Robert Davenport noted the need for clarity in planning processes, so everyone understands which areas are slated for development and which are prioritized for preservation. He noted that Virginia is losing 120 farms annually, and will lose 1 million acres of forestland in the next 20 years.

The Virginia Land Conservation Foundation (VLCF) has two major programs for conservation: providing grants to acquire property rights and fee-simple purchases, and establishing criteria for the land conservation tax credit program.  Only 3% of the VLCF grant funds have been spent in Prince William County (all for Merrimac Farm).

Rep. Gerry Connolly emphasized that conservation is an American value, drawing on the environmental heritage of Teddy Roosevelt and emphasizing that conservation is a bipartisan issue. He noted that the Fairfax County Board of County Supervisors, on which he served for 14 years, adopted its environmental policy unanimously.  He contrasted the continuing increases in stormwater runoff to successes in reducing pollution from agriculture and wastewater facilities to the Chesapeake Bay.  Redevelopment offers an opportunity to reduce impacts of existing development, even at places as urbanized as Tysons Corner.

Sarah Richardson noted the economic value of open space for tourism, which employs 10% of Virginians.   She discussed Virginia’s “three legged stool” for land preservation: (1) grants for land  acquisition, (2) purchase of development rights (PDR’s), and (3) conservation easements. 

The state provides matching grants for jurisdictions with active PDR programs, supporting local efforts to conserve farmland and environmental resources.  Virginia also has a very successful tax credit incentive for private conservation easements, with nearly 40 land trusts working to acquire easements.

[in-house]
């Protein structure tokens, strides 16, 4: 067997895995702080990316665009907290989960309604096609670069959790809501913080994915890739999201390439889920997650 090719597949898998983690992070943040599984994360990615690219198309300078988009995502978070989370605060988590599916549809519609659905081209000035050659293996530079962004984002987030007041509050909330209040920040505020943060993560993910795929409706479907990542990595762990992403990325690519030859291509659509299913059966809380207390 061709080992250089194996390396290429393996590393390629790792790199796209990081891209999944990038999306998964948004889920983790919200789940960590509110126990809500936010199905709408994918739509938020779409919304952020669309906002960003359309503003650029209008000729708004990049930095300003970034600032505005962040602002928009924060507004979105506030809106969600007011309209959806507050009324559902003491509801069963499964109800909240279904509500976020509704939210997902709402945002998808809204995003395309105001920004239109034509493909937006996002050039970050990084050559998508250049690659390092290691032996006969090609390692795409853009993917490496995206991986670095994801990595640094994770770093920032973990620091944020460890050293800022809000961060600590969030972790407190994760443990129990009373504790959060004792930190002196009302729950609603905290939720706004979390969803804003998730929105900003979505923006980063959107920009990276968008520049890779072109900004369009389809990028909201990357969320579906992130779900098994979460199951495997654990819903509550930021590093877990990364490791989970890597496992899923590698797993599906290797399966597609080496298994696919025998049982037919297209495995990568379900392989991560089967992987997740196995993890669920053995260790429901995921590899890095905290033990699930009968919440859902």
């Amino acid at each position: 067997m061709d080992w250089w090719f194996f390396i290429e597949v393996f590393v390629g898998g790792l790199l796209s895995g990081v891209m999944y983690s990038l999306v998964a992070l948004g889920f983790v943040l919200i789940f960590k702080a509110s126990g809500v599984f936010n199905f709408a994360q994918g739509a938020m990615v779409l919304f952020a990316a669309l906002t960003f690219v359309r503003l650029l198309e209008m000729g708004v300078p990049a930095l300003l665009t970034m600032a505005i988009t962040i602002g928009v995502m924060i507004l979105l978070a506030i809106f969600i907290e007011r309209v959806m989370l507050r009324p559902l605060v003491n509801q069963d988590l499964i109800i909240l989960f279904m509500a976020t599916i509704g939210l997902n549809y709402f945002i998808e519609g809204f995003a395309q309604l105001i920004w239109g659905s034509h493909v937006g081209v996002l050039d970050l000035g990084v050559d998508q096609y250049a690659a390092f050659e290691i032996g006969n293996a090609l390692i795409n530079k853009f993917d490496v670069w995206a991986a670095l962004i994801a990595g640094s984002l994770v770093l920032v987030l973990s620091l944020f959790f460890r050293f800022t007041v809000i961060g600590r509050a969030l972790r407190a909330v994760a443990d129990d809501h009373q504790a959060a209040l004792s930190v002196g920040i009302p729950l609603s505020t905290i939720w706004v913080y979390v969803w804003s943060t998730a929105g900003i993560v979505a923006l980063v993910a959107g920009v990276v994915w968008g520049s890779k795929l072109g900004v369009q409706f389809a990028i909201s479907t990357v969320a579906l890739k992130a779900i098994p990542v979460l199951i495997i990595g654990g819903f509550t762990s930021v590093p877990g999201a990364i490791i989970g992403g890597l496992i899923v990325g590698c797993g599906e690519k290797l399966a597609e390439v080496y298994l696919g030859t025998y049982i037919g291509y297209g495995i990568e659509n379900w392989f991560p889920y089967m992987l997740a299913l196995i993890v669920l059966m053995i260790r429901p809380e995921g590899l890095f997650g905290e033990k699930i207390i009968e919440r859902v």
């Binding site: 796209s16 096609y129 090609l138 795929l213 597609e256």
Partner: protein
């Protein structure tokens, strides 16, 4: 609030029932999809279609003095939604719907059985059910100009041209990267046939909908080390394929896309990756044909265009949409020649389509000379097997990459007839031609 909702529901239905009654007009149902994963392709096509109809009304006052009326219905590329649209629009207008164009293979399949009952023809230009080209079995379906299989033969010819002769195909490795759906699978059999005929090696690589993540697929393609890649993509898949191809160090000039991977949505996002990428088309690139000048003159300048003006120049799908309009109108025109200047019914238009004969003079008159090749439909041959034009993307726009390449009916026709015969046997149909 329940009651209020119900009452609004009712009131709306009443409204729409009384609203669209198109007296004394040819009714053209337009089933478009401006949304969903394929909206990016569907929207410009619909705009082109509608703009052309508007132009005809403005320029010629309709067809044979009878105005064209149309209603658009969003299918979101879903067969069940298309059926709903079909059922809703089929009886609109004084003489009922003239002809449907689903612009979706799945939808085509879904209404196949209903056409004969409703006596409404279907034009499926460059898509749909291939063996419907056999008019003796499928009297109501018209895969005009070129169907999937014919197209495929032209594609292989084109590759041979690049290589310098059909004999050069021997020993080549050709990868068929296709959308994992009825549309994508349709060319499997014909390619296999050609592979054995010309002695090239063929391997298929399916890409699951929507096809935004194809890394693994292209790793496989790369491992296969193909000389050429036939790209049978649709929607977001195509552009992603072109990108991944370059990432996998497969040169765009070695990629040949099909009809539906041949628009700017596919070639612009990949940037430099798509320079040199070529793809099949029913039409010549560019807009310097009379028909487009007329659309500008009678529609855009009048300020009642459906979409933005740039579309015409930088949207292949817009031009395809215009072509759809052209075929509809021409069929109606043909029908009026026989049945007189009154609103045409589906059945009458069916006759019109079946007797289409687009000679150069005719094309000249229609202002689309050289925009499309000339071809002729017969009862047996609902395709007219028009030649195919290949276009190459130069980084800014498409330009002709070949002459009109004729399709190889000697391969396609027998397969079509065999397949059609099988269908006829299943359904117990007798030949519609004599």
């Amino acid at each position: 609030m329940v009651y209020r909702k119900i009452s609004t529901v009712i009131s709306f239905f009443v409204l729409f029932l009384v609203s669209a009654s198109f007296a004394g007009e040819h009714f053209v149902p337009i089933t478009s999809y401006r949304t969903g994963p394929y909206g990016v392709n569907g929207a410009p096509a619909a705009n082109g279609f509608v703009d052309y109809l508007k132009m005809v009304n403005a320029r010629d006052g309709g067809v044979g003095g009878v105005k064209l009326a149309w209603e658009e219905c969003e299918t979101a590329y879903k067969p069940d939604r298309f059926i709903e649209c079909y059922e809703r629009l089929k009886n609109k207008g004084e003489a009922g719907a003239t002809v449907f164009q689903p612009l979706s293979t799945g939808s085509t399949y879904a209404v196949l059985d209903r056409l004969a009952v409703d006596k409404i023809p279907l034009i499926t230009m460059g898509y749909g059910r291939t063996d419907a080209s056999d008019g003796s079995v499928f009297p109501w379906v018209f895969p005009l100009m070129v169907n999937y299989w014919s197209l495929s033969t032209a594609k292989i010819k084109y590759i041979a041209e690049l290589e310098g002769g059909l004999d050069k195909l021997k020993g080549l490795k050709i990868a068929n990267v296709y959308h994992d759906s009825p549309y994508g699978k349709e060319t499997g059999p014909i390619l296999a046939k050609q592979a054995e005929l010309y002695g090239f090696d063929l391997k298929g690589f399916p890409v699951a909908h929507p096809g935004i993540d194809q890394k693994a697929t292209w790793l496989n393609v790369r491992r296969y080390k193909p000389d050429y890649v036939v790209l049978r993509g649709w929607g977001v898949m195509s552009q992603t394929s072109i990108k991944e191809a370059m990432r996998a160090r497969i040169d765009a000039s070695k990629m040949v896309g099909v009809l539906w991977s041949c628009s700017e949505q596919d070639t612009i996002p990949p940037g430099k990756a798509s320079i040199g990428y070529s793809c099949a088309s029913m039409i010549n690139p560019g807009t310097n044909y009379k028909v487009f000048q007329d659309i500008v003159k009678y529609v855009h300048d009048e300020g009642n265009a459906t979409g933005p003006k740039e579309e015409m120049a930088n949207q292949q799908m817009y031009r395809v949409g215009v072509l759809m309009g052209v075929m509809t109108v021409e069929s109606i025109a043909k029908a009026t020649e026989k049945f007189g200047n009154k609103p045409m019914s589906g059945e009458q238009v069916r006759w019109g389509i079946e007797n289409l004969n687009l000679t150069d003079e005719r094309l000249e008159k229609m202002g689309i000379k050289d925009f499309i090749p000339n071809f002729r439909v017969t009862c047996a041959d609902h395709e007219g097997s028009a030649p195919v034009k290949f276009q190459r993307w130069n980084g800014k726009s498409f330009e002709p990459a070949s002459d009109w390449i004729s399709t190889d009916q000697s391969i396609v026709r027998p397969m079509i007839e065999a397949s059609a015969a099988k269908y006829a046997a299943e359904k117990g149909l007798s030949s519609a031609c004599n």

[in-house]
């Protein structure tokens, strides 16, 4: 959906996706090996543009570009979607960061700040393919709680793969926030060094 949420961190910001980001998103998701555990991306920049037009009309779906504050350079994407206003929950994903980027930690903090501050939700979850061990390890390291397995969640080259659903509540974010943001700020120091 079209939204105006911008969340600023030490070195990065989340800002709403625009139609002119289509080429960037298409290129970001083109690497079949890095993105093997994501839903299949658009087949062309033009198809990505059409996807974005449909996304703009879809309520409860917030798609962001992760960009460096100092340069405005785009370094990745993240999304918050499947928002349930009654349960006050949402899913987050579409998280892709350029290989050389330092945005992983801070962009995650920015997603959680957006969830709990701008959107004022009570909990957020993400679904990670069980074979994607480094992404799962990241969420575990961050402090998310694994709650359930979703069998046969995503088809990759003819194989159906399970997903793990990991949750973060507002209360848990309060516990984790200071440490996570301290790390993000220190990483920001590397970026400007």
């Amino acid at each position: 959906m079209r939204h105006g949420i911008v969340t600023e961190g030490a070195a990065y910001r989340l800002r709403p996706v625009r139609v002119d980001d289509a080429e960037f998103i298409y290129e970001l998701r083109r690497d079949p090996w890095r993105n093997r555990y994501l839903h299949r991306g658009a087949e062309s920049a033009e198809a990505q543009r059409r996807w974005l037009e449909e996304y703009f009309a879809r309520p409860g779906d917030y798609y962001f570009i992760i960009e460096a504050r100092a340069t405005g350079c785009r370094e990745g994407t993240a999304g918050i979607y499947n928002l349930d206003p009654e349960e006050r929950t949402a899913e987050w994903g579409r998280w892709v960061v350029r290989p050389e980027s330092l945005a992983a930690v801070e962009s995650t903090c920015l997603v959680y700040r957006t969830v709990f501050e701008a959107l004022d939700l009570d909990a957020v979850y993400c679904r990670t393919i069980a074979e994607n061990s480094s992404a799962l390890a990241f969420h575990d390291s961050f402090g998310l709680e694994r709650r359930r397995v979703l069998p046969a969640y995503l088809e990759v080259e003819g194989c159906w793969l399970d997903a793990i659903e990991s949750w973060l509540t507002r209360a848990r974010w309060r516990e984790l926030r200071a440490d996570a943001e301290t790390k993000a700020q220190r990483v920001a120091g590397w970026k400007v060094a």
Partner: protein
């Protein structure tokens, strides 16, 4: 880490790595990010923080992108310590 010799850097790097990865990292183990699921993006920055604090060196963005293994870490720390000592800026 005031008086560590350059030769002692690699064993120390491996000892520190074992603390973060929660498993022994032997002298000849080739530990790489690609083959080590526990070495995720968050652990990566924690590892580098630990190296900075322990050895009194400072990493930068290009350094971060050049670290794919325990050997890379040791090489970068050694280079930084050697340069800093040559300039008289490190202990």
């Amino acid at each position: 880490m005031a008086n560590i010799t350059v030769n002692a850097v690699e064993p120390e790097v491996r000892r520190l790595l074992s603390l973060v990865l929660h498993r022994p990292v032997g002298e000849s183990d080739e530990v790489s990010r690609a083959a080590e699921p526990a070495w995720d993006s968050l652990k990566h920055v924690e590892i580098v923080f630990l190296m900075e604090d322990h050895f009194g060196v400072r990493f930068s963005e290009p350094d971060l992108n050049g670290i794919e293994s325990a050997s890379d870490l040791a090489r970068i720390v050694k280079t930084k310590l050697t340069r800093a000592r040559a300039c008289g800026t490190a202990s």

Sara noted that 80% of the acreage permanently preserved in Virginia is achieved through conservation easements, and 80% of private conservation easements are held by the Virginia Outdoor Foundation.  When easements reduce a locality’s total land value, the state provides some compensation by adjusting the “composite index,” which increases state funding levels for schools.

Bob Lee explained that the Virginia Outdoors Foundation is a state entity, created by the General Assembly and with a board appointed by the governor, intended to preserve and steward Virginia’s natural and cultural heritage. The VOF is authorized to hold any and all interests in natural and heritage lands – particularly conservation easements.

Conservation easements are voluntary legal agreements that protect the conservation values and purposes of land in perpetuity. Locally, the VOF owns 2500 acres on Bull Run Mountain, and has easements on ten properties in Prince William. 

Most of the forum discussion came in the extensive question and answer period. Keep reading...